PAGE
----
ANKARA–The Turkish Daily news writes that in an attempt to get Recep Tayyip Erdogan in office–the three-article constitutional amendment package which was due to pave the way for election to Parliament and therefore premiership of the Justice and Development Party (AK Party) leader is to be taken up by Parliament once again this week after it was vetoed by President Ahmet Necdet Sezer.
The first round of voting on the package will be held Tuesday and the second round on Friday. Two weeks ago–465 deputies voted for the passage of the package in secret voting.
Despite CHP leader Deniz Baykal’s criticisms against Sezer for his veto–members of Parliament’s Constitutional Committee meeting on Monday took up a different line. Committee members from the CHP first held a three-hour meeting with Baykal and the fact that they voiced objections during the subsequent Committee meeting was interpreted by some as a sign that not all the CHP members would support this time the changes.
Speaking at the Constitutional Committee meeting–the CHP deputies said the party’s support for changes was still continuing but added that Sezer’s veto argumen’s should be taken into consideration as well. Though they voted for the changes at the end of the meeting–they said the changes should not be brought into Parliament immediately and that first a subcommittee should be formed to examine them. But this proposal was rejected by votes from the AK Party members. CHP members also wanted a change to the constitutional amendment package–stipulating that by-elections could not be held automatically in a province which is no longer represented in Parliament and that a two-third vote from Parliament is necessary.
Ugur Aksoz of the CHP told the Committee meeting that his party was not against the constitutional changes in principle but added that President Sezer’s veto argumen’s should also be taken into account. Another CHP member–Cahit Kart–said there was no change in CHP’s line and added that the issue of parliamentary immunities should be handled as well. Kart emphasized CHP was not trying to block constitutional changes.
The AK Party administration is planning to give second approval to the package–without making any changes–and send it back to Sezer. The president has the right to issue a second veto if Parliament approves the package with changes. For this reason–the AK Party administration has decided to pass the package without any change.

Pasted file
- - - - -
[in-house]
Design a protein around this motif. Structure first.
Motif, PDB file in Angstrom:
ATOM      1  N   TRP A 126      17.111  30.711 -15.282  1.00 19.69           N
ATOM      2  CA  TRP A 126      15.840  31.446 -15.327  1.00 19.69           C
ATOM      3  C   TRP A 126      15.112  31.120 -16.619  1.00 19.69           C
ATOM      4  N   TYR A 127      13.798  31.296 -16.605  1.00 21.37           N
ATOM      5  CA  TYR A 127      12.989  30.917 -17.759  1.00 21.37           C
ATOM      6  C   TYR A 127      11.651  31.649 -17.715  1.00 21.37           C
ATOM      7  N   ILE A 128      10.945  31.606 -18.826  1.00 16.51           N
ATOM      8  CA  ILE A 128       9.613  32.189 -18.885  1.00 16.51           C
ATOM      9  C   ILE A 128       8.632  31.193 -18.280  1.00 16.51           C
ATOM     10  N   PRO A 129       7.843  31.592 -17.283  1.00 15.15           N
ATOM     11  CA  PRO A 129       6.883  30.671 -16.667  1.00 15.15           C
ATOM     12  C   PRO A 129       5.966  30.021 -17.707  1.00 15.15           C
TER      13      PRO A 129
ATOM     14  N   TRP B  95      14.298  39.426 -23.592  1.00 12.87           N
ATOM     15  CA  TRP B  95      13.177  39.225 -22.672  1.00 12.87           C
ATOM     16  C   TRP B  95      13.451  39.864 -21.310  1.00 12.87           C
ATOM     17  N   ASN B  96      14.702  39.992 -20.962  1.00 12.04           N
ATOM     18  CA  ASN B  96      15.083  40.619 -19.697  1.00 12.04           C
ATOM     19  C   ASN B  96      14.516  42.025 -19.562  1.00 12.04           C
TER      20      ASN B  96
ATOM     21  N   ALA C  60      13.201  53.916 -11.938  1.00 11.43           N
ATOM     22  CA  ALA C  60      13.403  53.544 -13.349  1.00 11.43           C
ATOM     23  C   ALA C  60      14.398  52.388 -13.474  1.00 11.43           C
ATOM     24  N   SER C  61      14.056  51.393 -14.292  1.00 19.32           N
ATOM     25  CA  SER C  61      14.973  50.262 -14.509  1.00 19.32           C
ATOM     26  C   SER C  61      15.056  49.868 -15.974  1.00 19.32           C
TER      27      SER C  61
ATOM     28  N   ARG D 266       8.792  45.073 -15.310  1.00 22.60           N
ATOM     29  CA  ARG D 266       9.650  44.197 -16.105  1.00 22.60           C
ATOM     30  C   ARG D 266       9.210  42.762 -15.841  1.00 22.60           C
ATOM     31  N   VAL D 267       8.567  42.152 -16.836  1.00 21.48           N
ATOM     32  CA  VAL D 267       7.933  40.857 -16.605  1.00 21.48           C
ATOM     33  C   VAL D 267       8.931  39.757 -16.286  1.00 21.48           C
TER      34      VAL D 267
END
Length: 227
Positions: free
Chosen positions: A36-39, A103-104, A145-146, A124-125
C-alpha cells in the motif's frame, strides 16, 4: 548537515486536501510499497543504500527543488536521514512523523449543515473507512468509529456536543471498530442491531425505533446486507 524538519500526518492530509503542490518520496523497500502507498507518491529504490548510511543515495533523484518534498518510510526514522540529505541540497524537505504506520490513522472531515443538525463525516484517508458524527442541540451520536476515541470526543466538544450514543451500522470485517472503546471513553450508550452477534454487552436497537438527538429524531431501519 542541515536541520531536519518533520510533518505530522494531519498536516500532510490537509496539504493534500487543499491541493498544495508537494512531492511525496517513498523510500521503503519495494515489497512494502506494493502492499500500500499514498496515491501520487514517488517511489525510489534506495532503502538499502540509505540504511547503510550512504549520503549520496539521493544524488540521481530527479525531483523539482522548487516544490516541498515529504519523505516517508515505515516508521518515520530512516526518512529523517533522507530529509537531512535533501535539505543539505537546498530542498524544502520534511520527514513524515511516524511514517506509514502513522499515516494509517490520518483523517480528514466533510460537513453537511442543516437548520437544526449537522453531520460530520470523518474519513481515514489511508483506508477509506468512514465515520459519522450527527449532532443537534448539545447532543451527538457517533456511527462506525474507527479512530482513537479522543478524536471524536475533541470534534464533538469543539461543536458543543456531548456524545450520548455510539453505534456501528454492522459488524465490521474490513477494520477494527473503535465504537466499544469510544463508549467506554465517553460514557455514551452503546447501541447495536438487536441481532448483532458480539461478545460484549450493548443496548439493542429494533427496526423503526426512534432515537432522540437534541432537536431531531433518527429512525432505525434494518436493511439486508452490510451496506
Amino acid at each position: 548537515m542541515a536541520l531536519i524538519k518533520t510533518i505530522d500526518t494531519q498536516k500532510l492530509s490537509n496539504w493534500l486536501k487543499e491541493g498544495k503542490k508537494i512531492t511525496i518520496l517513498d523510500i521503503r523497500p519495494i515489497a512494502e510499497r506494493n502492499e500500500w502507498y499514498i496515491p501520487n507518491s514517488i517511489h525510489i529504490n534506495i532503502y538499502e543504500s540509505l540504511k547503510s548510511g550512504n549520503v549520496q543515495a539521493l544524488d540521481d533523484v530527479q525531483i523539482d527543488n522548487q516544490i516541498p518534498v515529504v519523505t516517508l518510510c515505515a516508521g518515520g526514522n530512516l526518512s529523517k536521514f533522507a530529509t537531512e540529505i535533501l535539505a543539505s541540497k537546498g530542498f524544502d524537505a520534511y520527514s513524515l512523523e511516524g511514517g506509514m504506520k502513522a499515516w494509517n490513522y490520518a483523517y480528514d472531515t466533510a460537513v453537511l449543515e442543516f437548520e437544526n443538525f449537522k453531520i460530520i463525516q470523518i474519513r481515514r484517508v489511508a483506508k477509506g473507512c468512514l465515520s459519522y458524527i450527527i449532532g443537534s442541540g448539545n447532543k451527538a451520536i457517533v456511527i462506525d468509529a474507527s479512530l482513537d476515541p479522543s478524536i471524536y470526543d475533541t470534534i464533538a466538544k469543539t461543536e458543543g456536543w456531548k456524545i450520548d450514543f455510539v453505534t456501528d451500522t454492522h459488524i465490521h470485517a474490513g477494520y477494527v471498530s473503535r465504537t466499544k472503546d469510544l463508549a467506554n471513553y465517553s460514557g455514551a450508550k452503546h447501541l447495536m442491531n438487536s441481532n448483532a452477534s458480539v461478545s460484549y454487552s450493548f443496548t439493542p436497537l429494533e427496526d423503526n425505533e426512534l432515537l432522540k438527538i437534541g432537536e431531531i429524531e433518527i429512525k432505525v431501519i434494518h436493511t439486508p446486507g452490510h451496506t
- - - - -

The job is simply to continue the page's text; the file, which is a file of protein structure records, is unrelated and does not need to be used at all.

"The changes are not designed for a certain individual. And even if they are–there is nothing wrong with it," said Ertugrul Yalcinbayir–Deputy Prime Minister–to reporters on Monday–arguing that the changes are meant to extend political freedom for all.
Yalcinbayir said AK Party would insist on changes despite the presidential veto but added that this should not be understood as a confrontation with the president.
Under the Constitution–the president has no option but to approve a vetoed constitutional change–if it is approved in Parliament for a second time without any change. But the Constitution allows the president to send the changes to a referendum afterwards.
On the basis of a past conviction under Article 312 of the Turkish Criminal Code (TCK)–Erdogan was barred from running in the November 3 elections. Erdogan could not become the prime minister despite the landslide victory of his party because–under the Constitution–the prime minister must be elected from among deputies.
The three-article package removes the constitutional provision that those convicted under Article 312 are not eligible to become a deputy. For this reason–Article 76 of the Constitution is amended. In a separate change–by-elections are allowed in a province without delay if this province is–for some reason–no longer represented in Parliament. This second change paves the way for Erdogan to swiftly take over the prime ministerial post.
After the Higher Electorate Board (YSK) cancelled November 3 elections in the southeastern province of Siirt–Erdogan was expected to become a deputy from Siirt in by-elections in this province on February 9. But now that the constitutional changes have been vetoed by Sezer–his chances to be elected as a Siirt deputy have been jeopardized.
Some comment that Erdogan cannot run in Siirt by-elections because–even if Sezer approves changes without sending them to a referendum–there will not be enough time left to make legal changes parallel to the constitutional amendmen’s. A draft law bringing laws into line with the constitutional changes has already been approved in Parliament–except those regulating the date of entry into force. Even if Parliament swiftly approves this draft–the president has the right to wait for 15 days before approving the constitutional changes. Whether Sezer will immediately approve the changes and whether he will use his right to send the changes to referendum is still a mystery. And this weakens Erdogan’s chance to eventually become a deputy from Siirt.
Under another scenario–Erdogan might run in by-elections to be held in the Black Sea province of Rize–his hometown–in the near future–if the constitutional changes go into force without referendum. For this to happen–all three deputies from Rize–all of whom are AK Party deputies–will have to resign to force a by-election in the province.